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Once the data has been pre-processed, we can proceed to Model Fitting and Validation. SIFT currently supports parametric VAR modeling using the Vieira-Morf (Marple, 1987), or ARFIT algorithm (Schneider and Neumaier, 2001). ARFIT must be downloaded separately and installed in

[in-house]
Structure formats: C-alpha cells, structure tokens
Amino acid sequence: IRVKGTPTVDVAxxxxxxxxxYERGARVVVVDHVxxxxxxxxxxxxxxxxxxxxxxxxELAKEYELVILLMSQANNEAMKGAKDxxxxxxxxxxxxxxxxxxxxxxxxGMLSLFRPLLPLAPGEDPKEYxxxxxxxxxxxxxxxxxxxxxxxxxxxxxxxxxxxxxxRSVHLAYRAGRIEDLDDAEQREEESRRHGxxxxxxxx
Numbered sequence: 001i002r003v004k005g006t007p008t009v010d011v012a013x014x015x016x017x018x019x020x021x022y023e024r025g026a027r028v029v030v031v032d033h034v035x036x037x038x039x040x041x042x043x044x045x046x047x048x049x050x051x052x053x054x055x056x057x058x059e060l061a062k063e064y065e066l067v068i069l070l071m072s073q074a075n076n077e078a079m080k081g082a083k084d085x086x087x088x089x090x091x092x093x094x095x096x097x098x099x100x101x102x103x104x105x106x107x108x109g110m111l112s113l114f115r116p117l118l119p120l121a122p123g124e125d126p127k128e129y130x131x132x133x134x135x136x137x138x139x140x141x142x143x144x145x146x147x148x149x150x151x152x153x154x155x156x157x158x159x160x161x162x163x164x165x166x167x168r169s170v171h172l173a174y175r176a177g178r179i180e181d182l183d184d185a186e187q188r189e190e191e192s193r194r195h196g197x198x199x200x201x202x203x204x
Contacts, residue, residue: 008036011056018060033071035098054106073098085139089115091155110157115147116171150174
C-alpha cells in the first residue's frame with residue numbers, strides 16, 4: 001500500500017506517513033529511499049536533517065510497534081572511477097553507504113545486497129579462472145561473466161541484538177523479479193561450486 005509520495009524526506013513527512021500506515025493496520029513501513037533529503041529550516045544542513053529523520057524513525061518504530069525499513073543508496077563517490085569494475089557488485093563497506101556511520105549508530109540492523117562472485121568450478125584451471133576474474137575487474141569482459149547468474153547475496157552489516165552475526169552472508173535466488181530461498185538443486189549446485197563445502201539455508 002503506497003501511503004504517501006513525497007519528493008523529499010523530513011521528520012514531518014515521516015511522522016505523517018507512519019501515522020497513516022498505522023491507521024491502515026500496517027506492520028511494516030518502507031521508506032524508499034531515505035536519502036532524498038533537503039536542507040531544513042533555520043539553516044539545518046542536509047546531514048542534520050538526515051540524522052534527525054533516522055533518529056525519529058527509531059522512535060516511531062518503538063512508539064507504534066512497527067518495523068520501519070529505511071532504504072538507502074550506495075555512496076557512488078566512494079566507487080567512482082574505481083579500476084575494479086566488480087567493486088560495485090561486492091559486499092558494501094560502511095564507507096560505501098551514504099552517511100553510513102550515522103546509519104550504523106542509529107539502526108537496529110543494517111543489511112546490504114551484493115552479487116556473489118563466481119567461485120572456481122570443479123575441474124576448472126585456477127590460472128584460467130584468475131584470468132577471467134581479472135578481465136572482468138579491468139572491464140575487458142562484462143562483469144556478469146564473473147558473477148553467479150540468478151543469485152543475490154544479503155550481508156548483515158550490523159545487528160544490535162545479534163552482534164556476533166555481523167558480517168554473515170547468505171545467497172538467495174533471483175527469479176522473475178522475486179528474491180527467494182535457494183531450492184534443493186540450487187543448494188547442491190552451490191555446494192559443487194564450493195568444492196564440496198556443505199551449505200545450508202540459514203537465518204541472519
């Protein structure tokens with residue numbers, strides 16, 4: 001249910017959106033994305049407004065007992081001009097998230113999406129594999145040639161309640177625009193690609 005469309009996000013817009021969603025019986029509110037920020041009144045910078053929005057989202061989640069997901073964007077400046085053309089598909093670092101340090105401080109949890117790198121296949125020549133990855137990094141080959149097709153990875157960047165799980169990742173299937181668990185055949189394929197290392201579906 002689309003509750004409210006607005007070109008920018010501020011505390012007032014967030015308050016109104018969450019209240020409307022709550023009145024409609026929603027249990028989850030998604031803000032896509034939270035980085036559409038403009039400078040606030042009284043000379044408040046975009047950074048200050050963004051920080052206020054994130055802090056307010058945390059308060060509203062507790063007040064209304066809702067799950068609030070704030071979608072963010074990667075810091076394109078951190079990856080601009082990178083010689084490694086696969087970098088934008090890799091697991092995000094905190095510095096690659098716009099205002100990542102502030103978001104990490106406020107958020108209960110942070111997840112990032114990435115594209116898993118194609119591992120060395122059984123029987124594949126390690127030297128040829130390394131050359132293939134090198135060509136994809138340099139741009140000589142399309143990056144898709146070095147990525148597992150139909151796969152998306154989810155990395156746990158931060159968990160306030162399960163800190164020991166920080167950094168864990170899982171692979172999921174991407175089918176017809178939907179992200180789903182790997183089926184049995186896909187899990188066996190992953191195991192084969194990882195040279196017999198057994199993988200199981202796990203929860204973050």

/external/arfit/). SIFT currently supports time-varying parametric VAR modeling either through the use of sliding-window adaptive VAR modeling (**`est_fitMVAR()`**) or recursive-least-squares Kalman filtering (**`est_fitMVARKalman()`**). Model Fitting and Validation can also be started from the command line: ``` matlab EEG = pop_est_fitMVAR(EEG); ``` You should now see a GUI similar to that displayed in the figure below. Here we can select the MVAR algorithm, choose the sliding window length and step size, and specify the model order. ARFIT uses a modified least-squares approach, while Vieira-Morf uses a multichannel geometric-mean non-least-squares lattice approach to solve for the model coefficients. ARFIT includes an additional term for the process mean, whereas Vieira-Morf assumes a zero-mean process. The current implementation of ARFIT is faster than that of the Vieira-Morf algorithm, although Vieira-Morf returns slightly better coefficient estimates. For a detailed performance comparison between these and other estimators, see Schlögl (2006). In this example, we will use the Vieira-Morf algorithm. We will also use a **window length** of 0.4 sec (400 ms) with a **step size** of 0.01 sec (10 ms). This is approximately 1 cycle of a 2.5 Hz oscillation and should allow us to adequately model information flow from the lowest frequency band of interest (delta) up to our Nyquist frequency of 128 Hz. Consult the theory section below for more details on selecting an appropriate window length. Here we can choose to calculate one or more of the information criteria listed in the section 3.5. over a range of model orders (*pmin* to *pmax*). If more than one window is available, the information criteria are calculated for each window, and histograms will be generated showing the distribution of optimal model orders for all windows. If we have a large number of windows and are pressed for time, we can specify a random percentage of windows for which to calculate the criteria (**% windows to sample**). Bear in mind, however, that increasing the number of windows used will result in a better estimate of the empirical distribution of the information criteria across windows. Additionally, for a fast, approximate estimate of the information criteria, we can choose to **downdate** the model (Neumaier and Schneider, 2001). Rather than fitting pmax – pmin VAR models of increasing order, this fits a single VAR\[*pmax*\] model, and downdates the noise covariance matrix to obtain approximate estimates of the information criteria. Your GUI should appear as shown in the figure below with options set as in the table below: | | | |---------------------------|-----------------| | Option | Value | | **Select MVAR Algorithm** | **Vieira-Morf** | | **Window length (sec)** | **0.4** | | **Step Size (sec)** | **0.01** | | **Model Order** | **\[1 30\]** | | **Downdate** | **True** | | **Model Order** | **\[1 30\]** | | **Windows to sample** | **100** | ![Screen Shot 2023-08-24 at 11 00 35 PM]( *Figure caption. AMVAR model fitting GUI generated by **`pop_est_fitMVAR()`**. We have selected a window length of 0.4 sec, a step size of 0.01 second, and specified a model order range (for order selection) of 1 to 30.* Before we move forward, let's see how to select the optional window length. ## 5.4.1. Theory: selecting a window length There are several important considerations that can aid us in choosing an appropriate window length. An appropriate window length often requires a compromise between one or more of the following considerations: 1. Local Stationarity 2. Temporal Smoothing 3. Sufficient amount of data 4. Process Dynamics and Neurophysiology ### Local Stationarity In section 3.4., we discussed issues surrounding non-stationary EEG data and introduced the concept of using a sliding window to fit VAR models to locally stationary data. It is thus important that our window be small enough to ensure local stationarity. As we shall see in later in this page, validating our model and plotting the stability index for a chosen window size can give us a sense as to whether our window is sufficiently small to ensure local stationarity.</p> ### Temporal Smoothing A sliding-window analysis is inherently a temporal smoothing operation. Larger windows result in model coefficients being aggregated over increasingly longer segments of data and, therefore, result in increased temporal smoothing. If there are rapid transient changes in process dynamics, choosing a too-large window may obscure the fine temporal structure of information flow. When multiple trials are available, a useful heuristic proposed by Ding et al. (2000b) for obtaining a rough upper limit on the window length is to plot the bivariate correlation for a few pairs of variables across all trials, beginning with a 1-point window and successively averaging correlation within trials and across the window for increasingly larger windows. An illustration from Ding et al. (2000b) is reproduced in the figure below. Note that with the 1-point window, there are large fluctuations in correlation structure (covariance non-stationarity). As we increase the window length, we get increased temporal smoothing. In this case, a reasonable window length might be 10 points, since it reduces local covariance non-stationarity (local fluctuations in cross-correlation) while still preserving some of the temporal dynamics of interest (namely the changes in correlation structure). Of course, this suggested window length is completely application-specific; one should select a window tailored to their specific data. ![Screen Shot 2023-08-24 at 11 12 34 PM]( *Figure caption. Cross-correlation between two intracranial EEG time series averaged over increasing window lengths (1 point, 10 points, 20 points) and plotted as a function of time. Figure reproduced from Ding et al. (2000b).* ### Sufficient amount of data In section 3.4.1. we noted that a minimum of M2p data points are required to fit an M-dimensional VAR[p] model. We also stated that, in practice, we would like to have **ten times that many data points** to ensure an unbiased fit (if the model order is 15, we want at least 150 data points to fit the model). This leads us to the rule-of-thumb equation: or, equivalently, where W is the window length in points and N is the total number of trials available. SIFT performs checks on parameters (est_checkMVARParams()) and will let you know if the selected window length is sub-optimal (as well as recommend a better window length). ### Process dynamics and neurophysiology In section 3.5., we discussed how, when selecting an appropriate model order, one should take into account the temporal dynamics and neurophysiology of the data. The same principles hold for window length selection. Although, with a large number of trials, we could theoretically fit our model using a window length as short at p+1 sample points long, we must consider that all interactions being modeled must occur within the selected window. In general, if we expect a maximum interaction lag of seconds between any two brain processes, we should make sure to select a window length of W . Furthermore, if we are interested in frequency-domain quantities, we should consider the time-frequency uncertainty principle, which states that every increase in temporal resolution leads to a concomitant decrease in frequency resolution. In general, a useful rule-of-thumb is to ensure that the window is long enough to span approximately one cycle of the lowest frequency of interest. ## 5.4.2. Selecting the model order Now that we have chosen our VAR algorithm, window length, and step size, we can proceed to model order analysis. Upon pressing **OK** in the previous GUI. You should see a warning window pop up below. It shows the results of a sanity check that evaluates the ratio of parameters to data points, calculates the number of estimable frequencies, checks the time-frequency product, and performs other relevant checks. Information is displayed for each condition, along with suggestions on optimal parameters to use if your parameter selections are sub-optimal. Here, we are being warned that the ratio of free parameters to data points is greater than 0.1, which may cause concern. This is because our upper model order of 30 is quite large. Let’s go ahead and ignore this error (we are likely to use a much lower model order when we fit our final model). The same reasoning goes for the warning about a short window size (0.4 seconds). Simply press **OK**. ![Screen Shot 2023-08-24 at 11 01 40 PM]( *Figure caption. This GUI shows the results of a sanity check performed on the specified model parameters (this is always performed before model fitting).* A progress bar should now indicate our progress for each condition (*RespCorr*, *RespWrong*). When this is complete, you should see the resulting figures shown below. On the left is the result of the model order selection for *RespWrong*, and on the right is the result for *RespCorr*. The top panel shows the information criteria (averaged across windows) plotted versus the model. The vertical lines indicate each criterion's average optimal model order (model order that minimizes the information criterion). The lower array of histograms shows the distribution of optimal model orders for all windows for each criterion. Note that, as mentioned in section 3.5., for many windows, the AIC and FPE criteria do not appear to exhibit a clear minimum across the specified model range. In contrast, SBC shows a clear minimum peaking around *p*=5 (which is likely too low given that we will only be able to estimate 2.5 spectral peaks for each pair of variables), while HQ shows a clear minimum around *p*=10 for *RespWrong* and *RespCorr*. Note, however, that in both *RespWrong* and *RespCorr*, the upper limit on the model order selection criteria is approximately *p*=15. If we click on the top panel of *RespCorr*, we get an expanded view of the panel. Likewise, clicking on the histogram for HQ pops up an expanded view of the histogram. The shaded region indicates the range where 90% of the optional model order lies, and the text "20+-6" indicates the mean and standard deviation for each model order selection criteria. Note that although the minimum for the HQ criterion (purple) is at *p*=13, the upper limit of the “elbow” for the HQ criterion is around *p*=15 or *p*=16. It also appears that AIC/FPE indicates larger values of about 20 compared to SBC and HQ. From this, we might conclude that a suitable and safe model order for all windows and conditions is *p*=15. ![Screen Shot 2023-08-24 at 11 38 39 PM]( *Figure caption. Results of model order selection for **RespWrong** (left) and **RespCorr** (right). The top panel plots the information criteria versus model order and marks the average optimal model order for the selected criteria.* ![Screen Shot 2023-08-24 at 11 48 05 PM]( *Figure caption. Left: Close-up view of SBC (blue), HQ (purple), FPE (yellow), AIC (red; overlapping with FPE) information criteria plotted versus model order. Note that FPE and AIC plots are almost identical. Right: Distribution over all windows of optimal model order using HQ information criterion. Vertical markers denote the distribution mean. Note the distribution is somewhat bimodal, with one peak around 9 and another around 14.* ## 5.4.3. Fitting the final model Then, the following GUI pops up. ![Screen Shot 2023-08-24 at 11 06 07 PM]( *Figure caption. GUI that pops up at the end of model order estimation.* We are now ready to fit the model. You may press **OK** on the previous query window, call menu item **Tools > SIFT > Model fitting and validation > Fit AMVAR model** or use the command line call below: ```matlab EEG = pop_est_fitMVAR(EEG); ``` We now set the model order option to **15** as per the previous discussion. The final set of parameters are shown in the table below: | | | |---------------------------|------------------| | Option | Value | | **Select MVAR algorithm** | **Vieira-Morf** | | **Window length (sec)** | **0.4** (400 ms) | | **Step size (sec)** | **0.01** (10 ms) | | **Model order** | **15** | ![Screen Shot 2023-08-25 at 1 19 50 PM]( *Figure caption. This GUI allows entering parameters for model order estimation. Our final set of selected parameters for model fitting. Note that we have selected the Vieira-Morf algorithm, a window length of 0.4 seconds with a step size of 0.01 sec, and a model order of 15. Upon clicking OK, a progress bar will show us the status of the model-fitting algorithm.* Click **OK** to continue. SIFT sanity check should proceed and generate no warnings or errors indicating we chose a valid set of model parameters, as shown below. ![Screen Shot 2023-08-25 at 1 20 24 PM]( *Figure caption. SIFT sanity check.* If you do not wish to use the GUI, the same may be achieved from the command line using: ```matlab EEG = pop_est_fitMVAR( EEG, 'nogui', 'Algorithm', 'Vieira-Morf', 'ModelOrder', 15, 'WindowLength', 0.4, 'WindowStepSize', 0.01, 'verb', 1); ``` For each condition, the VAR\[15\] model will now be fit for each of the 238 windows. We should now see a progress bar indicating the model fitting progress for each condition. Depending on the speed of your computer, this may take a while, so you might want to take a break or do a little yoga. If you have little computer memory or processor speed issues, you can *increase the step size to 0.03 sec*. This will reduce the computation time demands while still producing similar results as in the remainder of this tutorial. ## 5.4.4. Validating the fitted model After you are refreshed from that Yoga session and the model has been fit for each condition, we will need to validate our fitted model. Select menu item **Tools > SIFT > Model Fitting and Validation > Validate Model** or type on the command line: ```matlab pop_est_validateMVAR(EEG); ``` You should now be presented with the GUI shown in the figure below. Here, we have the option to check the whiteness of the residuals, percent consistency, and model stability for each (or a random subset) of our windows. As we discussed in section 3.6., residual whiteness tests include portmanteau and autocorrelation tests for correlation in the residuals of the model (which could indicate a poor model fit). Here, we have the option to choose from the Ljung-Box, Box-Pierce, and Li-McLeod multivariate portmanteau tests and a simple autocorrelation function test. Percent consistency denotes the fraction of the correlation structure of the original data that is captured by the model, while model stability performs an eigenvalue test for the stability/stationarity of the process. The options for this GUI should be set as shown in the table below: | | | |----------------------------------|-----------------| | Option | Value | | **Check Whiteness of Residuals** | **checked** | | **significance level** | **0.05** | | **Check percent consistency** | **checked** | | **Check model stability** | **checked** | | **% windows to sample** | **100** | ![Screen Shot 2023-08-25 at 1 39 39 PM]( *Figure caption. Model Validation GUI generated by `pop_est_validateMVAR()`. Here, we can choose to check the whiteness of residuals, percent consistency, and model stability for all (or some random subset) of windows. In this example, we have chosen a significance threshold of p\<0.05 for our whiteness tests.* Click **OK** to continue. You should now see a sequence of progress bars for each condition. This may take a while. Once the model validation routines have been completed, you should see the results shown for each of the two conditions, as in the figure below. The top panel of each figure shows the results of the whiteness tests as a function of the window index (sorted in order of temporal precedence). For the portmanteau tests, we have plotted the p-value for acceptance of the null hypothesis of correlated residuals (namely 1-*p* where *p* is the p-value for rejection of the null hypothesis). Values greater than 0.05 (blue dashed line) indicates the residuals are white at the p\<0.05 level. For the ACF test (red) we have plotted the probability of an observed ACF coefficient to be within the expected interval for white residuals. Values greater than 0.95 indicate the residuals are white at the p\<0.05 level. The fraction of windows that pass the whiteness test is noted in the legend. Note that the ACF tests classify all windows as having white residuals, while the portmanteau tests (which are much more conservative) indicate that most windows are white. The fact that a range of windows near the end of the epoch marginally fail the portmanteau tests may indicate that we may want to use a slightly larger model order (e.g., *p*=16) or perhaps a smaller window size (to improve local stationarity). The middle panel shows the percent consistency plotted versus the increasing window index. Note that the PC is reliably high (µ≈87%), suggesting a reasonable model fit. The lower panel shows the stability index for each window. Values above or near 0 indicate an unstable (and possibly non-stationary) model. In this case, we might try some additional preprocessing or shorten the window length to improve the local stationarity of the data. In our example, the stability index is reliably low, indicating a stable/stationary model. The validation checks all indicate a reasonably fit model (although there may be room for improvement of the fit). Assuming we are comfortable with this we can now proceed to spectral/connectivity estimation and visualization. ![Screen Shot 2023-08-25 at 1 46 27 PM]( *Figure caption. Results of model validation for RespWrong (top) and RespCorr (bottom) conditions. For each condition, a validation statistic is plotted versus the window index (sorted in order of temporal precedence). If only one window is available, bar plots are generated instead. The top panel shows the significance level for rejecting the hypothesis of correlated residuals. For portmanteau tests (LMP, Box-Pierce, Ljung-Box), a value greater than 0.05 (dashed line) and a value greater than 0.95 indicate white residuals at the p > 0.05 level. The middle panel shows the percent consistency. The bottom panel shows the stability index.*